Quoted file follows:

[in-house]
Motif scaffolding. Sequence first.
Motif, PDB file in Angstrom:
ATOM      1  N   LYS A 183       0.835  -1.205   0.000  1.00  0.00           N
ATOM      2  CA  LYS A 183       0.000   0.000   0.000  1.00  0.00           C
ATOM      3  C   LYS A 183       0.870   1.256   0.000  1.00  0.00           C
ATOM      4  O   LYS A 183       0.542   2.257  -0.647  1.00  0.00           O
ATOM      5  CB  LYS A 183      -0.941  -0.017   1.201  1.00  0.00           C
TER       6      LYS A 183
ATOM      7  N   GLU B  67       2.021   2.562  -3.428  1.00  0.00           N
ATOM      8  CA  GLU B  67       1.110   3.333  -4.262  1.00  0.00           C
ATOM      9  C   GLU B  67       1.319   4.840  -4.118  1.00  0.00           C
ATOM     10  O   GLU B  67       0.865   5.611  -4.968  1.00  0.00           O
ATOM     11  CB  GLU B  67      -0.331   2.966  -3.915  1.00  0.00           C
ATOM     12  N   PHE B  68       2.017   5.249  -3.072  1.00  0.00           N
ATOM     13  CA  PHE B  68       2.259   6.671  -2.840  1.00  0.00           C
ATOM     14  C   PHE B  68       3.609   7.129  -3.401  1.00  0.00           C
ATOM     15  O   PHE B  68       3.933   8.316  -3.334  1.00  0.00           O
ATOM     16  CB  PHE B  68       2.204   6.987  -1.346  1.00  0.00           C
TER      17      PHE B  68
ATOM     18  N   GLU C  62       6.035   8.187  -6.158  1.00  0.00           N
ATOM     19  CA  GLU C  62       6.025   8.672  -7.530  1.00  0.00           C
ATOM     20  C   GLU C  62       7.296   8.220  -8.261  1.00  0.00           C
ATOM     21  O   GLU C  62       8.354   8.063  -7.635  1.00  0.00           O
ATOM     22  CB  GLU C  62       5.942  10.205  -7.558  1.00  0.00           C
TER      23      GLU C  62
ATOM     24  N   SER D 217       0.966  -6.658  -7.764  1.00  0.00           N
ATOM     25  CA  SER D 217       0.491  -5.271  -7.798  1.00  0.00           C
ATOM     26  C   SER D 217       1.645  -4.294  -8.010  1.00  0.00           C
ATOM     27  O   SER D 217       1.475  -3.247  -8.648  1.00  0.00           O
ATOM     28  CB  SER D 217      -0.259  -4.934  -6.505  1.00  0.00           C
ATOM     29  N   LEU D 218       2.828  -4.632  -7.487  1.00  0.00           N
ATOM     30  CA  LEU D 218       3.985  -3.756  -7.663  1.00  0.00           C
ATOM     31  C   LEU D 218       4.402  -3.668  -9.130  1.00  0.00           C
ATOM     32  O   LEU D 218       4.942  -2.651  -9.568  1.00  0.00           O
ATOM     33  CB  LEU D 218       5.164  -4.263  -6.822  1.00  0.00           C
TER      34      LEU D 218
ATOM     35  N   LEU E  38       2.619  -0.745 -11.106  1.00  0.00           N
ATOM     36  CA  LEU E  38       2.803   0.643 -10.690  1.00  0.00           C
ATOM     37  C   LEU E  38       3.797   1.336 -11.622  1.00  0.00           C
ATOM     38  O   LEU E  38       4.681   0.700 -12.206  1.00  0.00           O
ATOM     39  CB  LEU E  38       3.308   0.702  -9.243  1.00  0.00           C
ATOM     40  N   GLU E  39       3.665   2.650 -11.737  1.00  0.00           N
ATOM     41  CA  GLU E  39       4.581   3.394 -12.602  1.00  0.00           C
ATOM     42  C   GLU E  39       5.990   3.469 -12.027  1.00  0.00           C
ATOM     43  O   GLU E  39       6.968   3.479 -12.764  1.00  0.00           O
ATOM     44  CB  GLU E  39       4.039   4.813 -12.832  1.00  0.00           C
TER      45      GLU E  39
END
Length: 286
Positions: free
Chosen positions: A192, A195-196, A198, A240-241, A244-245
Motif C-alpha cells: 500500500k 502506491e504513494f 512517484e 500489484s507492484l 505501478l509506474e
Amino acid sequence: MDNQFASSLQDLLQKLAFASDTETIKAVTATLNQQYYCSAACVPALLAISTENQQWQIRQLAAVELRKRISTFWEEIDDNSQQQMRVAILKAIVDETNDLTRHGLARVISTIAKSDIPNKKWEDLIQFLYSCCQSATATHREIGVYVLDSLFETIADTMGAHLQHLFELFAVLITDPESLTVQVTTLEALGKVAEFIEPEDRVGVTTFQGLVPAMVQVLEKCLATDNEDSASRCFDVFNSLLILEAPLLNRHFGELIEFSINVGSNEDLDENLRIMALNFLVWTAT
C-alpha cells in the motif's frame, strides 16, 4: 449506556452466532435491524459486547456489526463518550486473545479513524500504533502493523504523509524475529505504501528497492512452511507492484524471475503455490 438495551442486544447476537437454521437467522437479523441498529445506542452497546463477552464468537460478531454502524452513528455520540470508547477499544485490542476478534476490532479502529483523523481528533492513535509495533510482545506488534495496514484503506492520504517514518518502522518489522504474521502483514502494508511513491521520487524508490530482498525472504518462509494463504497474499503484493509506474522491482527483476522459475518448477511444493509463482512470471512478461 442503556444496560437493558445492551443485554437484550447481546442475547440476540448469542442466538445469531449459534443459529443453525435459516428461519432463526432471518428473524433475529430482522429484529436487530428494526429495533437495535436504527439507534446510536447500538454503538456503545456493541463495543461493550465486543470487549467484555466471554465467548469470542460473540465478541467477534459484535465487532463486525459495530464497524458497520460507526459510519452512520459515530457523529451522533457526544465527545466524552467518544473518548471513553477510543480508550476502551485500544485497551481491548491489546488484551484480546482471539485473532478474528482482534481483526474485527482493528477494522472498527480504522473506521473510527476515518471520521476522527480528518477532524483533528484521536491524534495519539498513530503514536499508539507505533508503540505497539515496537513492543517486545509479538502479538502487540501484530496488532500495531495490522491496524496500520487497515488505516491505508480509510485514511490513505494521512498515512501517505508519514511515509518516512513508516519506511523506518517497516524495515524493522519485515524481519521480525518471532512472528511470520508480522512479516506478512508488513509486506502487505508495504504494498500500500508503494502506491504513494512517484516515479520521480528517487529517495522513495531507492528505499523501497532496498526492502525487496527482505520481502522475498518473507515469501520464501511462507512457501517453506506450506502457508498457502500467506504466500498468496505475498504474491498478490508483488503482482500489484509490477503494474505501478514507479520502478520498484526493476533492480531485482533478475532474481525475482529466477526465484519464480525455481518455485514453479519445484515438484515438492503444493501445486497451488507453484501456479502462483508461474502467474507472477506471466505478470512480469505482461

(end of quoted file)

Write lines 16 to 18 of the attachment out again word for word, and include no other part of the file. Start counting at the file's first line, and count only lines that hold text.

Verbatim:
ATOM     13  CA  PHE B  68       2.259   6.671  -2.840  1.00  0.00           C
ATOM     14  C   PHE B  68       3.609   7.129  -3.401  1.00  0.00           C
ATOM     15  O   PHE B  68       3.933   8.316  -3.334  1.00  0.00           O